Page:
Tuesday, 27 October 2015
Talk Talk gets the Tyson treatment
Common sense suggests that Talk Talk as one of the UK's major ISP's would have a good sense of the risks online poses. In fact, in a truth is stranger than fiction moment, Talk Talk Business offer security related services. which really does suggest all is not right with Talk Talk.
The news therefore that a 15 year old boy in Ireland was arrested for suspected offences under the Computer Misuse Act relating to Talk Talk and subsequently bailed until November is a mixed blessing for Dido Harding and her team of cyber security experts.
On one hand it is good news if the attack is now over as the news cycle will roll on and other matters will come to the forefront. On the other hand if this is the work of a 15 year old acting alone (and probably using easily available / free brute force type cyber weapons) it does suggest that the Talk Talk digital front door was not just unlocked but off its hinges.
In fairness when Richard Ledgett, Deputy Director of the NSA comments on the Today programme "If you are connected to the internet you are vulnerable" he does frame the problem in an honest way.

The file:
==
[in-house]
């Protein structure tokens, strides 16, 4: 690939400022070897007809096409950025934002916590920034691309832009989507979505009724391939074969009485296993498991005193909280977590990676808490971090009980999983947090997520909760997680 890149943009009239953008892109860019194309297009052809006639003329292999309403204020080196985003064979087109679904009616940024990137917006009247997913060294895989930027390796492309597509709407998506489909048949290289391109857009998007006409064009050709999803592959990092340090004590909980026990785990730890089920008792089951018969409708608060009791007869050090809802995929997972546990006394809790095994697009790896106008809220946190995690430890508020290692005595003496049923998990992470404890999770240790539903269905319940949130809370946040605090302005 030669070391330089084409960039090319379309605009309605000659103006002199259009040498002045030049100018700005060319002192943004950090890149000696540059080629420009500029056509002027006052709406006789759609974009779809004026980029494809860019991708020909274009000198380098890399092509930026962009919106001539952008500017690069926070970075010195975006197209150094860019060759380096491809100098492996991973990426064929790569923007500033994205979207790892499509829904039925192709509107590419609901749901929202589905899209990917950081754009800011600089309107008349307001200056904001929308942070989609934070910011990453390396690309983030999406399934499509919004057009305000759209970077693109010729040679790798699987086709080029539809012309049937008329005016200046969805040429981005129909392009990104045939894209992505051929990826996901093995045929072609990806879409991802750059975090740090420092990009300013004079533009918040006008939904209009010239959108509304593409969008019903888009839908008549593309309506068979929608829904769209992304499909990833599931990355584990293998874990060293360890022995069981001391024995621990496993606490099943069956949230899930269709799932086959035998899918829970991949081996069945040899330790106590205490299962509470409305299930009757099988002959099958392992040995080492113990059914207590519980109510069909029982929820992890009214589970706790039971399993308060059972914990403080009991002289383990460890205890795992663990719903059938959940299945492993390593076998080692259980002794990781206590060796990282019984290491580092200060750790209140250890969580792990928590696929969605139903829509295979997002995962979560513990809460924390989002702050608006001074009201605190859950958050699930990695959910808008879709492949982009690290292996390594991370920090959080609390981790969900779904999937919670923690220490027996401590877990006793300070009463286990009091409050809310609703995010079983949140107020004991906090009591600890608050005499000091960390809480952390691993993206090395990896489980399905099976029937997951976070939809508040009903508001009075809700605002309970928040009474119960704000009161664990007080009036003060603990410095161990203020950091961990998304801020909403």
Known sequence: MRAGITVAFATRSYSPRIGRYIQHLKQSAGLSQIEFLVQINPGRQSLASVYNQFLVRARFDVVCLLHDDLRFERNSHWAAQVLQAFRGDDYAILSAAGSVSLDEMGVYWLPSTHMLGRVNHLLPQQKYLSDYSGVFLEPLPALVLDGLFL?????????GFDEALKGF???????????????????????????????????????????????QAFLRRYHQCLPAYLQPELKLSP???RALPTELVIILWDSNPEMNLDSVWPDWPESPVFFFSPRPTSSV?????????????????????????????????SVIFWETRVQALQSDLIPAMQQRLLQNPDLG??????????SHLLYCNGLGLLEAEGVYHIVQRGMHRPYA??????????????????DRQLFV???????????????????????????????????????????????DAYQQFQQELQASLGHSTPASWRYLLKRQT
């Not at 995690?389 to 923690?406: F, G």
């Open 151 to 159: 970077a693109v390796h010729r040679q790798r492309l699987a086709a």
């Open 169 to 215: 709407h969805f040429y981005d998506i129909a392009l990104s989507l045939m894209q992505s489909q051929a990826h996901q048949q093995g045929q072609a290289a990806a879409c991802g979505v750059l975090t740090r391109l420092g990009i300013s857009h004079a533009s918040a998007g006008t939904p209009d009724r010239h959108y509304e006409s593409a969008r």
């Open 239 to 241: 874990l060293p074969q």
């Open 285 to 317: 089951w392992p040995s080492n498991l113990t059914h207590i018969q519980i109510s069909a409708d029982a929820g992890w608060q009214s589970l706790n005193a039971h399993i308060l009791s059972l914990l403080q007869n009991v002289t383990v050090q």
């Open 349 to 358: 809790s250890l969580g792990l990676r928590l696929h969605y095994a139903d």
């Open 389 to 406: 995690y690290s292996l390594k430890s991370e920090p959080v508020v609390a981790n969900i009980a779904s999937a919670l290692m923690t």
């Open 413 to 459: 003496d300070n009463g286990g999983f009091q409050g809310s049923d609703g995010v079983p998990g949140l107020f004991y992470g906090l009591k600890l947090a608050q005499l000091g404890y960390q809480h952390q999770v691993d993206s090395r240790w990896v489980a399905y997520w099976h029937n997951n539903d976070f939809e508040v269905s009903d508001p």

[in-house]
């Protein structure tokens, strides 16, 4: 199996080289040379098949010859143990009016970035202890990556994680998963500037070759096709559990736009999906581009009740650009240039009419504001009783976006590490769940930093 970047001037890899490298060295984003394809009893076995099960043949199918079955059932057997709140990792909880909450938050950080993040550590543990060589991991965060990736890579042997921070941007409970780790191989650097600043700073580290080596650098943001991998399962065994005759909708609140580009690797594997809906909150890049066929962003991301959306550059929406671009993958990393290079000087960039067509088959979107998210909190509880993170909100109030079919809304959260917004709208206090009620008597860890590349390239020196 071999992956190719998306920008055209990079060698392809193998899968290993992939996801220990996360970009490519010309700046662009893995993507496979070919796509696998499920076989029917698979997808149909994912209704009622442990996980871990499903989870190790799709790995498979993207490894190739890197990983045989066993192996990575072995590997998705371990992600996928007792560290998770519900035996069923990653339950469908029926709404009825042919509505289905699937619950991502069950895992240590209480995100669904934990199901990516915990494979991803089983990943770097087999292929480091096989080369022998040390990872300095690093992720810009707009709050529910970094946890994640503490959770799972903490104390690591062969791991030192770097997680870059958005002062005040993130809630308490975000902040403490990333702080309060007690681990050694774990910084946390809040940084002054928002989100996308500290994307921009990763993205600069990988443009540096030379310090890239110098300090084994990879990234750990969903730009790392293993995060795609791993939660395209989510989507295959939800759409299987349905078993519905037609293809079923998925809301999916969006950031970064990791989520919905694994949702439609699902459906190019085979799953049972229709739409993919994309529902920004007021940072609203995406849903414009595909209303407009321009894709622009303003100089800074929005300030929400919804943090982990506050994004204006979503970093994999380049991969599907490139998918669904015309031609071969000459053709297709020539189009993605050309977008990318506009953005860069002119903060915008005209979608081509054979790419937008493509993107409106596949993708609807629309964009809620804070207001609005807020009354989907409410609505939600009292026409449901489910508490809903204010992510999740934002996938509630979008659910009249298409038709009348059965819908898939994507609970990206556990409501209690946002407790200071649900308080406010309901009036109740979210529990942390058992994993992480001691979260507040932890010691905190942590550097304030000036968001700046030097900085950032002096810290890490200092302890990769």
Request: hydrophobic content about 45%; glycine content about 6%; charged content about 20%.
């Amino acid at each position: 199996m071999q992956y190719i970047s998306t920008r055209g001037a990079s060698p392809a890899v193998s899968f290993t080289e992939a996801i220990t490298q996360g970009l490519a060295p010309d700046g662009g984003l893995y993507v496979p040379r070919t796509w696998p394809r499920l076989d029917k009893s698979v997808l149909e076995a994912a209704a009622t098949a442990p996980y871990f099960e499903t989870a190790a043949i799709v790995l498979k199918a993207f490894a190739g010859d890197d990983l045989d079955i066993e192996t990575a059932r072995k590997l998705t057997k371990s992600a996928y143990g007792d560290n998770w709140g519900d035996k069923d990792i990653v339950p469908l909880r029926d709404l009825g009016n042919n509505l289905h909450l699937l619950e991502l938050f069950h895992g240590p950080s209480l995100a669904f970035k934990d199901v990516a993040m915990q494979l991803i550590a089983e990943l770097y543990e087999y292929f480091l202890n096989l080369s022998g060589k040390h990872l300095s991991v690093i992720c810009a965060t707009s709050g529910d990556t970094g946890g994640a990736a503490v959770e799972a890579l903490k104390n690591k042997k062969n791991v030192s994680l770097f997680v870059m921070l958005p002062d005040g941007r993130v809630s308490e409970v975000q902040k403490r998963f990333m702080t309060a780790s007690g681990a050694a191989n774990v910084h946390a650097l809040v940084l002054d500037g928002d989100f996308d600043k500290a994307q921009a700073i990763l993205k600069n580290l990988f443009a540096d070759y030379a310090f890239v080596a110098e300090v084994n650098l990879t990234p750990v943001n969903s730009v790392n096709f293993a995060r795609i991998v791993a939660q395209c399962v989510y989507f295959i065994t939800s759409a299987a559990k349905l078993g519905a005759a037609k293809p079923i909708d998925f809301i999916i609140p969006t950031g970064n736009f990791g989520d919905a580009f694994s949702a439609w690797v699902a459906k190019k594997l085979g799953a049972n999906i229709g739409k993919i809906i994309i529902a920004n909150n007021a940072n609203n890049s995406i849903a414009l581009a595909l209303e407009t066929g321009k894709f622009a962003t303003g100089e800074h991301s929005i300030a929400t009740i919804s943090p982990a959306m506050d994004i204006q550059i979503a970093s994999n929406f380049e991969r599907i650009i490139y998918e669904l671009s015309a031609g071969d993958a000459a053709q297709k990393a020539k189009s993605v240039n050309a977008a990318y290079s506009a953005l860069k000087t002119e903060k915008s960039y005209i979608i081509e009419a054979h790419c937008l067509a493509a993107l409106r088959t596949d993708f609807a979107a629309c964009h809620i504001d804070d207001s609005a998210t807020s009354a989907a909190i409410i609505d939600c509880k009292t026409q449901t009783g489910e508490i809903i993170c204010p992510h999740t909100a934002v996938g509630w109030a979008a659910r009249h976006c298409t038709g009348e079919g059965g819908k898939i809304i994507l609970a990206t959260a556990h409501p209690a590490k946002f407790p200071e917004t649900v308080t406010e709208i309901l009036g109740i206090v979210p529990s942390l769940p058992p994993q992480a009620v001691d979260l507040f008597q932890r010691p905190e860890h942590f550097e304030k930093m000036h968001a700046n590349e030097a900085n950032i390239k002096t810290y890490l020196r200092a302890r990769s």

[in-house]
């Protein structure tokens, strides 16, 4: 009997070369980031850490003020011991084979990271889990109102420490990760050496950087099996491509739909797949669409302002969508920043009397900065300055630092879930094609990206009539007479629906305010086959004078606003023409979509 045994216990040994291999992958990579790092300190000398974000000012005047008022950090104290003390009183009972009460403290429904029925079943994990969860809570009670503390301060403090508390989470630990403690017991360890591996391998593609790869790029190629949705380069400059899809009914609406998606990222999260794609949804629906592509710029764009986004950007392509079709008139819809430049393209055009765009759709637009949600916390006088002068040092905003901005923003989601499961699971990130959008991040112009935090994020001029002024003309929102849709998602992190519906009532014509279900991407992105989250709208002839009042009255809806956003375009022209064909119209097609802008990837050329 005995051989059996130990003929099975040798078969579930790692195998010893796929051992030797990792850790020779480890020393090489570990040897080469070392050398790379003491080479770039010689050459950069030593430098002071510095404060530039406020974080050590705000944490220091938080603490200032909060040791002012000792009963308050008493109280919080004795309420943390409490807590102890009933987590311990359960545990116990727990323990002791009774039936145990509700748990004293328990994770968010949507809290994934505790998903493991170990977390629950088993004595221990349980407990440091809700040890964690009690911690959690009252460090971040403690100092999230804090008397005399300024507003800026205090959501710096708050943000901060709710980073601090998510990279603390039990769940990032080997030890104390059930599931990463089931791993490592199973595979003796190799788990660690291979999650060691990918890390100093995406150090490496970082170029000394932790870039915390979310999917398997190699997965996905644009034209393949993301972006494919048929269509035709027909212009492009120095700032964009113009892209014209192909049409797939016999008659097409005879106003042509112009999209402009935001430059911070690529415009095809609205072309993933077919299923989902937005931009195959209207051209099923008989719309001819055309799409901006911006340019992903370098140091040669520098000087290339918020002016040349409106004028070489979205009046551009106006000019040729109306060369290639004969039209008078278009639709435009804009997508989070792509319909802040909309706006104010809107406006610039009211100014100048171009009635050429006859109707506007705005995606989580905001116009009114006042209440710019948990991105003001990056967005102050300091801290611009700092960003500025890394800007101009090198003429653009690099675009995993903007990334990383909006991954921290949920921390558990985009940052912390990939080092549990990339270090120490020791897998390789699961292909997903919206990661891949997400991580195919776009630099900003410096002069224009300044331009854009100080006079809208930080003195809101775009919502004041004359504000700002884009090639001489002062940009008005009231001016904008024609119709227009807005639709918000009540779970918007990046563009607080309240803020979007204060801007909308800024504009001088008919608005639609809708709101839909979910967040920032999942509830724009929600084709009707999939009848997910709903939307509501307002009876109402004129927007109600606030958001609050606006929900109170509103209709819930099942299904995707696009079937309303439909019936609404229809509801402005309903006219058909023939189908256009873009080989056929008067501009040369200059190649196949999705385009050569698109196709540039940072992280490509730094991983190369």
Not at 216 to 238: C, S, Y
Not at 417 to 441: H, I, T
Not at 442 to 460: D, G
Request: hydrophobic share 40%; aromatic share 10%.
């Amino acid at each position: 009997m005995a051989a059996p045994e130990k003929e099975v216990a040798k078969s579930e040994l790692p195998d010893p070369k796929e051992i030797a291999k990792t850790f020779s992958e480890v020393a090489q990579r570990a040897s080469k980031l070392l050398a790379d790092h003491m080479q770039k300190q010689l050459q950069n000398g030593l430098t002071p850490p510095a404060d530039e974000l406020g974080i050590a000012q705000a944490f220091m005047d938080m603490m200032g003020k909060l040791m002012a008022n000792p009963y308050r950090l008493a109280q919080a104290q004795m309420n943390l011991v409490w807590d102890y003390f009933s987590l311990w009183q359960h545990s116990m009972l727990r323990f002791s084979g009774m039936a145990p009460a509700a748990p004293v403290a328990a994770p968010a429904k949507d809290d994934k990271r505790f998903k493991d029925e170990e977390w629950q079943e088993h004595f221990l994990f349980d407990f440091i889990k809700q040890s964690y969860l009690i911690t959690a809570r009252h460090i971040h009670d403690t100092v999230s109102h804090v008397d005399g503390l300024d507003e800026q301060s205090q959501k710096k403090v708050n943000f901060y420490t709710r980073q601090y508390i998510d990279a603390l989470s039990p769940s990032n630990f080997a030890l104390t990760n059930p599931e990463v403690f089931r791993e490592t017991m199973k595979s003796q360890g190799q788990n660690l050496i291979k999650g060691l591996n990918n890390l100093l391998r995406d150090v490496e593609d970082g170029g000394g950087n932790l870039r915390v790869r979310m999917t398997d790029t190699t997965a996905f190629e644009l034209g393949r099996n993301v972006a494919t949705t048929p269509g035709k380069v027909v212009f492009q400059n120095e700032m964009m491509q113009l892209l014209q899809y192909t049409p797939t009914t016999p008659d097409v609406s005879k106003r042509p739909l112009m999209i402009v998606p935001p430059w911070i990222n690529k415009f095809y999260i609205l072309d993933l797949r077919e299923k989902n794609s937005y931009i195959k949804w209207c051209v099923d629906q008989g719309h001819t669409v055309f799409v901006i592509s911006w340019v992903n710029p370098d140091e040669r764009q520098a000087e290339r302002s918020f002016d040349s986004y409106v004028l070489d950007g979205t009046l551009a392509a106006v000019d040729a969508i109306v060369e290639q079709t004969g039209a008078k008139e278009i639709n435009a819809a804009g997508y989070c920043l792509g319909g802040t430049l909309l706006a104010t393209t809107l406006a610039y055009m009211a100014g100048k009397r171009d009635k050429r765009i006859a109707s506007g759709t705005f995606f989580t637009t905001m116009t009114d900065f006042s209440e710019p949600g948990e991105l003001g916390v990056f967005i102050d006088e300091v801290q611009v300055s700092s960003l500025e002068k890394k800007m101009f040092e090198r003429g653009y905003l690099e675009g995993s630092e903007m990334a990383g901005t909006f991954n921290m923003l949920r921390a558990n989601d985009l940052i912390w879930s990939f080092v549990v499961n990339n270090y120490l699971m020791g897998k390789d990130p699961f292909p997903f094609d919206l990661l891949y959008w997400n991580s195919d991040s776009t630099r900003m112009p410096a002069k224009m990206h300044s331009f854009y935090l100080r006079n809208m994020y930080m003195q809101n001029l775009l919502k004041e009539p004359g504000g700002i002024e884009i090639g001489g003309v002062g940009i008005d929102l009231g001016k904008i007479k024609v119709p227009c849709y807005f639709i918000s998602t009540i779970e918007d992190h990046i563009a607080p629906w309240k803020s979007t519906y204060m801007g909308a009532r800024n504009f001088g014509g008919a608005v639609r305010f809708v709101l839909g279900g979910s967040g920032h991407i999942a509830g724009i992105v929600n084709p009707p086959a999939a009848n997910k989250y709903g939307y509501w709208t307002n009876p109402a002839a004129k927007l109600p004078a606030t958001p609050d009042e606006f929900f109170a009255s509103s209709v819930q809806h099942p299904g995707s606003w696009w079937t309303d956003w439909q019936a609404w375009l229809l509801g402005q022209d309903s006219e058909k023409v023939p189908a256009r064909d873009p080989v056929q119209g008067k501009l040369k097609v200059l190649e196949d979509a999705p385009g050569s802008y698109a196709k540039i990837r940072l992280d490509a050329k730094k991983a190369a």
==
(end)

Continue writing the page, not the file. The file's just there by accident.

The online attack surface for Talk Talk is huge with multiple points of potential vulnerability. Given that information security is such a broad church with multiple standards (ISO, SANS, NIST, OWASP, Crest, IASME, Cyber Essentials etc) populated by a mix of ex law enforcement, IT people , self categorised "Black Ops" and others it is understandable that a busy CEO gets caught out by some of the flagrant rubbish that gets bandied about. My personal favourite is that all cyber crime is carried out by ruthless gangs of organised criminals. I am sure this exists - but perhaps mainly to add glamour to the job of dealing with it.
Realistically companies are going to need to allocate increased budgets to online security and try to ensure that those budgets are managed by people with a genuine understanding of the new ecosystem to avoid being made to look foolish (and losing 10% of their share price) by a teenager with a broadband connection and £250 laptop (and maybe a white cat ?).